I wonder if Sgt Schultz is some place laying low.

'Hogan's Heroes' Actor Leon Askin Dies
VIENNA, Austria - Leon Askin, the actor who played Gen. Albert Burkhalter in the 1960s television comedy "Hogan's Heroes," has died, Austrian officials said Friday.

The actor was 97. Neither city officials nor the Vienna hospital where he died disclosed the cause or date of his death.

Askin was best known for his role as the Nazi general who constantly threatened to send the prisoner of war camp's inept commander, Col. Wilhelm Klink, to the Russian front because of his stupidity.

"Beverly Hills school children would call after me, 'Klink, Klink!'" Askin wrote on his Web site. "People driving through Beverly Hills who saw these children raising their arms in the Hitler salute couldn't continue out of sheer shock and amazement and brought traffic to a standstill."

Born Leo Aschkenasy in Vienna on Sept. 18, 1907, Askin worked as a cabaret artist in the 1930s before fleeing first to France and then to the United States to escape persecution by the Nazis.

He had roles in dozens of films, including Billy Wilder's "One, two, three" and the Austrian director Fritz Lang's "Das Testament des Dr. Mabuse." In the course of his career, he appeared opposite Elizabeth Taylor, Richard Burton and Peter Ustinov.

Askin took up residence in Vienna in 1994, returning to his roots in cabaret. He also took roles in Vienna's Festwochen and the city's second opera, the Volksoper.

He was decorated with Vienna's Gold Medal of Honor, one of the most distinguished prizes the city offers.

"We have lost a huge actor and artist and a wonderful man," Mayor Michael Haeupl said in a statement.



 
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Cool Manchu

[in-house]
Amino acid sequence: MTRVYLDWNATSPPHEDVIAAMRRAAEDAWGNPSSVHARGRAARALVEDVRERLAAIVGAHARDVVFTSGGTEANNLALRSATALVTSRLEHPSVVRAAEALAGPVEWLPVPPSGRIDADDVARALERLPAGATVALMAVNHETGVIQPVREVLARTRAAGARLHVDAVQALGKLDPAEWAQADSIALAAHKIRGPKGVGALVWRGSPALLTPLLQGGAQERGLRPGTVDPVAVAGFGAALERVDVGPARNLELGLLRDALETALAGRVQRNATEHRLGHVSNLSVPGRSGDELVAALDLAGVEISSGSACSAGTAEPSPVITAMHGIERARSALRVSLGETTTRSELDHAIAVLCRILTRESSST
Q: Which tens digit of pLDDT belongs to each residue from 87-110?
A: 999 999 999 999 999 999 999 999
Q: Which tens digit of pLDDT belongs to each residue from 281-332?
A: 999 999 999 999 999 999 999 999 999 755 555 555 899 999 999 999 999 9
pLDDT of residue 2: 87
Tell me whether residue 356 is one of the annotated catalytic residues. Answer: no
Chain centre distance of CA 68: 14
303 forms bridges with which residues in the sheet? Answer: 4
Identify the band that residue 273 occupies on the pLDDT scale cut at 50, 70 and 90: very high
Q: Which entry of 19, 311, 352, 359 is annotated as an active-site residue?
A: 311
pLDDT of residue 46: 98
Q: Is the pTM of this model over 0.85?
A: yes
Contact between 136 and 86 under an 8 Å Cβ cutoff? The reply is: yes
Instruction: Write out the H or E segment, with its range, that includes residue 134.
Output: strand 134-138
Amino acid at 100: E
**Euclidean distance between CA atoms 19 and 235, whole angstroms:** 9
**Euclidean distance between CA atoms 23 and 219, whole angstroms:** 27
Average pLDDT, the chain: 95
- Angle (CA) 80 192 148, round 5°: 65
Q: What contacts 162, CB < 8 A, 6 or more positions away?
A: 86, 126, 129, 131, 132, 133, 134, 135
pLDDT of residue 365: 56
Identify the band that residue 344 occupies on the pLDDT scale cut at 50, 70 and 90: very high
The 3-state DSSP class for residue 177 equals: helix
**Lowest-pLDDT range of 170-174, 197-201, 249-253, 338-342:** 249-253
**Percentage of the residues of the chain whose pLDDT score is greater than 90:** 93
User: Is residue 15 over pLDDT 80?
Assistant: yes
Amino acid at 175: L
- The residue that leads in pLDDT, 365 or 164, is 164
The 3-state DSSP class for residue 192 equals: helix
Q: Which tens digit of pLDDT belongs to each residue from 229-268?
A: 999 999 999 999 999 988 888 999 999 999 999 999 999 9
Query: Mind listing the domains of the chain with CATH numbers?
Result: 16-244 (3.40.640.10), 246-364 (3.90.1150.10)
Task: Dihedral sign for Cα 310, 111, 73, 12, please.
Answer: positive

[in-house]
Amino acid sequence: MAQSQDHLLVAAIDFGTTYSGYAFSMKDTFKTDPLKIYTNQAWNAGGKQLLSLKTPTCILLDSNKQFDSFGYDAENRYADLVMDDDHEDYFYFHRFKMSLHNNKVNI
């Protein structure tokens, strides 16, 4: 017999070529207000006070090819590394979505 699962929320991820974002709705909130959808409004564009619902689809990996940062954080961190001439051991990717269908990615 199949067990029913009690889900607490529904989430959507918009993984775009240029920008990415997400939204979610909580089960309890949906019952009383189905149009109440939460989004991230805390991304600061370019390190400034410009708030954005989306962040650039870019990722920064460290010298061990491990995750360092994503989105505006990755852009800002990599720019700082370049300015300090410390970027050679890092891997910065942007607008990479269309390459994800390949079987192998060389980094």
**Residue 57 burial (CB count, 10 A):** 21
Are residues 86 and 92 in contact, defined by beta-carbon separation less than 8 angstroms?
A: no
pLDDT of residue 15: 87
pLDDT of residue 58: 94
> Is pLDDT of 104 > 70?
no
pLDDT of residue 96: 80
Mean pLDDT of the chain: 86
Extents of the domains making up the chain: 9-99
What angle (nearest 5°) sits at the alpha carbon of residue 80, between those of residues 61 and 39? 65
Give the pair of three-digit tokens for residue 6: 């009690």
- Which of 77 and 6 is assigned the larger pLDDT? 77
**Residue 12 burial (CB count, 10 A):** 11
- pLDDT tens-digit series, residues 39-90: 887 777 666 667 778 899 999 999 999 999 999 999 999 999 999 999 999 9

Tiki Socialite

Joined: Aug 03, 2003
Posts: 561
From: San Jose, CA
Posted: 2005-06-07 4:13 pm   Permalink

Anne Bancroft

'Mrs. Robinson' of 'The Graduate'

http://www.cnn.com/2005/SHOWBIZ/Movies/06/07/bancroft.obit.ap/index.html

NEW YORK (AP) -- Anne Bancroft, who won the 1962 best actress Oscar as the teacher of a young Helen Keller in "The Miracle Worker" but achieved greater fame as the seducer of her daughter's boyfriend in the 1967 movie "The Graduate," has died. She was 73.

She died of cancer on Monday at Mount Sinai Hospital in New York City, spokesman John Barlow said.

Bancroft was awarded the Tony for creating the role on Broadway of poor-sighted Annie Sullivan, the teacher of Keller, who was born deaf and blind. She repeated her portrayal in the film version. Despite her Academy Award and four other nominations, "The Graduate" overshadowed her other achievements.

Dustin Hoffman delivered the famous line when he realized his girlfriend's mother was coming on to him in a hotel room: "Mrs. Robinson, you're trying to seduce me ... Aren't you?"

Bancroft complained to a 2003 interviewer, "I am quite surprised that with all my work, and some of it is very, very good, that nobody talks about `The Miracle Worker.' We're talking about Mrs. Robinson. I understand the world ... I'm just a little dismayed that people aren't beyond it yet."

Her beginnings in Hollywood were unimpressive. She was signed by Twentieth Century-Fox in 1952 and given the glamour treatment. She had been acting in television as Anne Marno (her real name: Anna Maria Louise Italiano), but it sounded too ethnic for movies. The studio gave her a choice of names; she picked Bancroft "because it sounded dignified."